The third avenue, and the one that most concerns many election officials, is using hacks and cyber attacks to deceptively influence voters. That includes creating or amplifying false narratives about particular candidates or, as Spaulding warns, about the integrity or fairness of the election itself.
In 2016, U.S. officials confirmed that Russia was trying to hack the actual infrastructure and machinery of U.S. elections in ways that went beyond what it was trying to do in Florida. That included targeting voter registration data in an attempt to block some constituencies from voting and, more broadly, to undermine confidence in the overall elections process.
Overall, Russia-linked hackers targeted election systems in at least 20 states, trying to penetrate online systems including registration databases – but not the actual voting or tabulation machines that were to be used on Election Day, which are usually not tied to the Internet.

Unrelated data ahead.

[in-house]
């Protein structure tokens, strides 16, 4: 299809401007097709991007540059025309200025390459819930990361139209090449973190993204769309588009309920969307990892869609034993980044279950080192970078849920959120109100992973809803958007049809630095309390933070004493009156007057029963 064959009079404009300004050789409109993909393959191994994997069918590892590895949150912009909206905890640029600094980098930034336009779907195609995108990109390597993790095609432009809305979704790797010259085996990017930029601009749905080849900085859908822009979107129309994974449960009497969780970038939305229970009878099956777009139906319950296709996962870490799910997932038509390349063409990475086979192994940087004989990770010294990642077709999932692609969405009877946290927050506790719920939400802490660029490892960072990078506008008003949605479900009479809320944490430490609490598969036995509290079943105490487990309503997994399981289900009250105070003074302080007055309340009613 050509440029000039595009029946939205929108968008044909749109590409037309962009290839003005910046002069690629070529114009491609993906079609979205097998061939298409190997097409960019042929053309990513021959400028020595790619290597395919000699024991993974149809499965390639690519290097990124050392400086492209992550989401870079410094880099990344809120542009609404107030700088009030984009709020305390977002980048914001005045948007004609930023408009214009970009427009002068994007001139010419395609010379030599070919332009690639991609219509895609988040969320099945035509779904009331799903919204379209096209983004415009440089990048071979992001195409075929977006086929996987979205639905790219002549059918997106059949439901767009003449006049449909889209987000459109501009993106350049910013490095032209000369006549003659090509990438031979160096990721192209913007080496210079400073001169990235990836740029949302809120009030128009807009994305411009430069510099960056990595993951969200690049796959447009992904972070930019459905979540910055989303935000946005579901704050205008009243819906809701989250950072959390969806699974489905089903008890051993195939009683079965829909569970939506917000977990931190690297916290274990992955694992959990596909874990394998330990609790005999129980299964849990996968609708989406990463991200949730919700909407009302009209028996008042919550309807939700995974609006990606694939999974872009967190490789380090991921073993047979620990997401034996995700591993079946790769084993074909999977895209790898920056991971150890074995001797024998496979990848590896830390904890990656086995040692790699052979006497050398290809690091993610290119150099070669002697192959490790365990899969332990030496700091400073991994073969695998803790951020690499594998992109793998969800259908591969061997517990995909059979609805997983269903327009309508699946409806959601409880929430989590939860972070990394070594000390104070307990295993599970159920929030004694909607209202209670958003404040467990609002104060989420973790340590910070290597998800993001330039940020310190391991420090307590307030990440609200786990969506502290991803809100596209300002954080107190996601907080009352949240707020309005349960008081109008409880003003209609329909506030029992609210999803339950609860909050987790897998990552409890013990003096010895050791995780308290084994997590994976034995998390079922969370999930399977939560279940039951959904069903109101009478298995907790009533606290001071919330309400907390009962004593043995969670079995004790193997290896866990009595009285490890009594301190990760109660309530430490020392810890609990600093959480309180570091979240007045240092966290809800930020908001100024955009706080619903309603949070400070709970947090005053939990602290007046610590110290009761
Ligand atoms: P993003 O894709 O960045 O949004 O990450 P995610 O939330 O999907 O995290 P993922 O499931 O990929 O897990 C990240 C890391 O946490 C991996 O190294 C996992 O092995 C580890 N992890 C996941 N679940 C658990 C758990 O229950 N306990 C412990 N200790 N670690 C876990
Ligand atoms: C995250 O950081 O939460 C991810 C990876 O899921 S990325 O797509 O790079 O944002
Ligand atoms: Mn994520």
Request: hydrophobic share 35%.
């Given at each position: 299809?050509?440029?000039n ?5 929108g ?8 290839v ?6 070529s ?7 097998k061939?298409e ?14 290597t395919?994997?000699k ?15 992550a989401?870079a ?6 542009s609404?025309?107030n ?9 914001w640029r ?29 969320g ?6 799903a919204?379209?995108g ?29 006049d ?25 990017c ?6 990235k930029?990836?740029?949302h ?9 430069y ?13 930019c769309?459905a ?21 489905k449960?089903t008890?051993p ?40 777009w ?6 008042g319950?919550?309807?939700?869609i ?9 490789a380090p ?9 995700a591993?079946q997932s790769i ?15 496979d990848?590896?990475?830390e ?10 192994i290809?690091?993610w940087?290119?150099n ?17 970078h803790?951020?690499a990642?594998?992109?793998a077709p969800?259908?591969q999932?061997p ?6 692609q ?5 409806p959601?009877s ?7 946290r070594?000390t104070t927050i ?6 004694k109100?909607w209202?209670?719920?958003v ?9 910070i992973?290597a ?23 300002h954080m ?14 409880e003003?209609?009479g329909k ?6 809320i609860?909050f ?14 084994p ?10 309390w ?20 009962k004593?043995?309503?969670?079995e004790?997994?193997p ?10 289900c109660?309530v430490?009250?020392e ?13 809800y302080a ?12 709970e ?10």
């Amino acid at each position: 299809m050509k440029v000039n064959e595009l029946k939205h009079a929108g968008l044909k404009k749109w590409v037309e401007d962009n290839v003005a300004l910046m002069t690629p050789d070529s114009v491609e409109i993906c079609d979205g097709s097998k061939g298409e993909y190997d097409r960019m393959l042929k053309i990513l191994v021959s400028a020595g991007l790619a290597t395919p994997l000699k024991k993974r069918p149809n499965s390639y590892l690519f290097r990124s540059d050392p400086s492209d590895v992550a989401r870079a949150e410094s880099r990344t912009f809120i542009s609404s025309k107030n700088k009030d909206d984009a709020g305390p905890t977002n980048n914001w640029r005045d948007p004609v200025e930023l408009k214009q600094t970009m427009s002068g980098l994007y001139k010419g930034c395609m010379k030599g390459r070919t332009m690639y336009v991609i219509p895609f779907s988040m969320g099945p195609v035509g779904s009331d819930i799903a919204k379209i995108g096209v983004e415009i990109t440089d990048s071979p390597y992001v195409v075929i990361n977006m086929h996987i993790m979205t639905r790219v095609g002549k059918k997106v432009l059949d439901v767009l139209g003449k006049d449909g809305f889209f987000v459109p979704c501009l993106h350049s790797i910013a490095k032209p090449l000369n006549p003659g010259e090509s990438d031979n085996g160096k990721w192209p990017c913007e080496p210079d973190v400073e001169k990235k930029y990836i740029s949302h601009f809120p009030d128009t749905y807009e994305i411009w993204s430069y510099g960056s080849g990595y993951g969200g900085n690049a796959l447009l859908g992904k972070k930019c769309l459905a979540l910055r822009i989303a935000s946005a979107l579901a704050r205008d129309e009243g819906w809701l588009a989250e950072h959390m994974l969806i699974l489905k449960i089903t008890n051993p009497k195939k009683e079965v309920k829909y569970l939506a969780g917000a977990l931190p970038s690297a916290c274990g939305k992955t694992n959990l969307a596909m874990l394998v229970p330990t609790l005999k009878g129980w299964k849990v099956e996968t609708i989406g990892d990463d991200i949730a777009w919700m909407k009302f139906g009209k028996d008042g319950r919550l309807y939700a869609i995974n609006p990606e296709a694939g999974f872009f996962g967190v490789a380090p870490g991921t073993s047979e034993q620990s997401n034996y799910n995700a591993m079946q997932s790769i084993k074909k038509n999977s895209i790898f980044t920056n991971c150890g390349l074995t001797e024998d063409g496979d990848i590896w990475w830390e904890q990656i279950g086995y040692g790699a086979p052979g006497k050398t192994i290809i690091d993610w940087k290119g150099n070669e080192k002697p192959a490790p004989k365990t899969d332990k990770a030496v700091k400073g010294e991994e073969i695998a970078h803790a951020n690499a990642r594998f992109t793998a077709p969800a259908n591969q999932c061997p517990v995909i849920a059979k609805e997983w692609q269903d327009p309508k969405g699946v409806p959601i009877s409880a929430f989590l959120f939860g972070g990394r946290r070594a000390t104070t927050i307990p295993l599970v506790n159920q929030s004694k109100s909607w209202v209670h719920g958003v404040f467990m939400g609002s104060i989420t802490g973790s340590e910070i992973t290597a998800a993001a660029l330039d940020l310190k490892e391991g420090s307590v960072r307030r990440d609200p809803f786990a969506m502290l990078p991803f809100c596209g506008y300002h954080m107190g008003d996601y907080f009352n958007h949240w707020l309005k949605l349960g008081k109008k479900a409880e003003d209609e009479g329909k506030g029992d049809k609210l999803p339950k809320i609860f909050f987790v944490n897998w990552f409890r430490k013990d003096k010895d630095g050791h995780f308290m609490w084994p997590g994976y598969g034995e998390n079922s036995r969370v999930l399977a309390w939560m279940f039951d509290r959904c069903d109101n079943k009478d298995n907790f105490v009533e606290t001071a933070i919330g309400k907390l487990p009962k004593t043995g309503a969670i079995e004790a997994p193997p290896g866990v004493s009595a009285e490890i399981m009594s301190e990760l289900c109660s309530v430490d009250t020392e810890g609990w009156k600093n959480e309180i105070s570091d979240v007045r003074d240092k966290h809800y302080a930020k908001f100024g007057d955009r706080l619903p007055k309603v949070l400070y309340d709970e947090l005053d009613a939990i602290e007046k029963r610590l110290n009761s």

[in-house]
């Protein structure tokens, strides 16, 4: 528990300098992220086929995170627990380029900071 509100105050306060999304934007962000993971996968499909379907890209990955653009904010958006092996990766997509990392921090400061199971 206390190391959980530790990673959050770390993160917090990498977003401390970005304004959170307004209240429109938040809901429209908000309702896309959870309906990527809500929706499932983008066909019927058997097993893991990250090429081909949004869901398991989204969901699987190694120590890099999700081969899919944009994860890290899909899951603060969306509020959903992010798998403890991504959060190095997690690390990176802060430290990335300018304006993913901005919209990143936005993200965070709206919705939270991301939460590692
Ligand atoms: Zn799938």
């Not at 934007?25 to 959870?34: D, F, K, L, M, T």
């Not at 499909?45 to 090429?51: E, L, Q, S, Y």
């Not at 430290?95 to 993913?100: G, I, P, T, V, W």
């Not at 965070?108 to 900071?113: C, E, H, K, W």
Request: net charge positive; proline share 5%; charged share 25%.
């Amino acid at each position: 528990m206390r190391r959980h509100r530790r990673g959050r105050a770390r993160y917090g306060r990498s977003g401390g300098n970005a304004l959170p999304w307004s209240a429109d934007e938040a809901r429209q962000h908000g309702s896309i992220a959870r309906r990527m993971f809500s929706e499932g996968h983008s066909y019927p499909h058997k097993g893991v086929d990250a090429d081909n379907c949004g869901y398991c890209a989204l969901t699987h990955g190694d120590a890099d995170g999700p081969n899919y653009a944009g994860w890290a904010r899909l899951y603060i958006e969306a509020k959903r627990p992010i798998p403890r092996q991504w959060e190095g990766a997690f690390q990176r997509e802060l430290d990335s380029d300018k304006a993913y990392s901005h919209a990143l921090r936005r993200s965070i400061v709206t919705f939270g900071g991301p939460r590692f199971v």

At the time, a senior U.S. Department of Homeland Security (DHS) official described much of the Russian activity as “people poking at the systems to see if they are vulnerable.” Even so, he said, “we are absolutely concerned. The concern is the ability to cause confusion and chaos.”
Since then, election security agencies have invested significant time, resources and expertise to improve the security and resilience of U.S. election systems, according to the FBI officials, Spaulding, and other current and former election security officials. By 2018, the federal government designated election systems as part of U.S. critical infrastructure, which added additional levels of protection and funding.